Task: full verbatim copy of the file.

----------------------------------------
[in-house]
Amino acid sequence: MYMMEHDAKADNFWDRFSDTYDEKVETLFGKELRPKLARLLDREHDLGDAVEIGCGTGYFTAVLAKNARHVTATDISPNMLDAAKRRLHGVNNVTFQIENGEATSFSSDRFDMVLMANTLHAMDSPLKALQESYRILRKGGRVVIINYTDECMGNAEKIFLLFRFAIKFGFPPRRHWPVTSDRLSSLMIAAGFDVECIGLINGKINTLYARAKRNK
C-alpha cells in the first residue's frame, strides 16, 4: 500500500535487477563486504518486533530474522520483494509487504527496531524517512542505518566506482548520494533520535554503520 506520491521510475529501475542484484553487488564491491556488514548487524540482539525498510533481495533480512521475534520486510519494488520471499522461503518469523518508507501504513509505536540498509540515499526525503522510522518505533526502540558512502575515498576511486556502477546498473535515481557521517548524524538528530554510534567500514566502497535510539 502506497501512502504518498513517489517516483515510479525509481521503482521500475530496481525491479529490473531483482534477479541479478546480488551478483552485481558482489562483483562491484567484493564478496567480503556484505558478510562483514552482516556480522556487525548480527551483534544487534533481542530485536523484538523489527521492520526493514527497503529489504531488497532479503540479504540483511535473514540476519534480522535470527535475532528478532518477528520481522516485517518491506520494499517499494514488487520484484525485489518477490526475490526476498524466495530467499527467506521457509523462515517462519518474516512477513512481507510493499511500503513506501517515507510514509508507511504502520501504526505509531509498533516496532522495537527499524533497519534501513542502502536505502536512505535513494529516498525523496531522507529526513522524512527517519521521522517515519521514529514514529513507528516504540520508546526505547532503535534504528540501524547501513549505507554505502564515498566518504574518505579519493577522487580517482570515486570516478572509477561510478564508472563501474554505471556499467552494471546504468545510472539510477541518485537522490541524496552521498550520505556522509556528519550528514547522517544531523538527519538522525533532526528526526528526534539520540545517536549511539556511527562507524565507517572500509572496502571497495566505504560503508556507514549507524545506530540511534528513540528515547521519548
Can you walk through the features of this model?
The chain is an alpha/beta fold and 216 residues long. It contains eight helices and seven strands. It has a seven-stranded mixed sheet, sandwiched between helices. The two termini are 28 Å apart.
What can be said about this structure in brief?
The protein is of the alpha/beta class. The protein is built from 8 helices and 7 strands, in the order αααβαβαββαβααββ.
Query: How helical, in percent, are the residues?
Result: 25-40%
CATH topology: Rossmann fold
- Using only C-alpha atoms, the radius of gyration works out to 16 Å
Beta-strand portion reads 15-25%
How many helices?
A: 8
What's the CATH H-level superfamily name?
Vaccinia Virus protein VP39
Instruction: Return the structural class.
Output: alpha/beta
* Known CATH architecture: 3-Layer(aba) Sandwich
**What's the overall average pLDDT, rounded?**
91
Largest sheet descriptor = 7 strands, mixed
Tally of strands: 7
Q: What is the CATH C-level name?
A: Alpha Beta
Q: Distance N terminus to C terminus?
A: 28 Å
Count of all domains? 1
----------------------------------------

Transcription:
[in-house]
Amino acid sequence: MYMMEHDAKADNFWDRFSDTYDEKVETLFGKELRPKLARLLDREHDLGDAVEIGCGTGYFTAVLAKNARHVTATDISPNMLDAAKRRLHGVNNVTFQIENGEATSFSSDRFDMVLMANTLHAMDSPLKALQESYRILRKGGRVVIINYTDECMGNAEKIFLLFRFAIKFGFPPRRHWPVTSDRLSSLMIAAGFDVECIGLINGKINTLYARAKRNK
C-alpha cells in the first residue's frame, strides 16, 4: 500500500535487477563486504518486533530474522520483494509487504527496531524517512542505518566506482548520494533520535554503520 506520491521510475529501475542484484553487488564491491556488514548487524540482539525498510533481495533480512521475534520486510519494488520471499522461503518469523518508507501504513509505536540498509540515499526525503522510522518505533526502540558512502575515498576511486556502477546498473535515481557521517548524524538528530554510534567500514566502497535510539 502506497501512502504518498513517489517516483515510479525509481521503482521500475530496481525491479529490473531483482534477479541479478546480488551478483552485481558482489562483483562491484567484493564478496567480503556484505558478510562483514552482516556480522556487525548480527551483534544487534533481542530485536523484538523489527521492520526493514527497503529489504531488497532479503540479504540483511535473514540476519534480522535470527535475532528478532518477528520481522516485517518491506520494499517499494514488487520484484525485489518477490526475490526476498524466495530467499527467506521457509523462515517462519518474516512477513512481507510493499511500503513506501517515507510514509508507511504502520501504526505509531509498533516496532522495537527499524533497519534501513542502502536505502536512505535513494529516498525523496531522507529526513522524512527517519521521522517515519521514529514514529513507528516504540520508546526505547532503535534504528540501524547501513549505507554505502564515498566518504574518505579519493577522487580517482570515486570516478572509477561510478564508472563501474554505471556499467552494471546504468545510472539510477541518485537522490541524496552521498550520505556522509556528519550528514547522517544531523538527519538522525533532526528526526528526534539520540545517536549511539556511527562507524565507517572500509572496502571497495566505504560503508556507514549507524545506530540511534528513540528515547521519548
Can you walk through the features of this model?
The chain is an alpha/beta fold and 216 residues long. It contains eight helices and seven strands. It has a seven-stranded mixed sheet, sandwiched between helices. The two termini are 28 Å apart.
What can be said about this structure in brief?
The protein is of the alpha/beta class. The protein is built from 8 helices and 7 strands, in the order αααβαβαββαβααββ.
Query: How helical, in percent, are the residues?
Result: 25-40%
CATH topology: Rossmann fold
- Using only C-alpha atoms, the radius of gyration works out to 16 Å
Beta-strand portion reads 15-25%
How many helices?
A: 8
What's the CATH H-level superfamily name?
Vaccinia Virus protein VP39
Instruction: Return the structural class.
Output: alpha/beta
* Known CATH architecture: 3-Layer(aba) Sandwich
**What's the overall average pLDDT, rounded?**
91
Largest sheet descriptor = 7 strands, mixed
Tally of strands: 7
Q: What is the CATH C-level name?
A: Alpha Beta
Q: Distance N terminus to C terminus?
A: 28 Å
Count of all domains? 1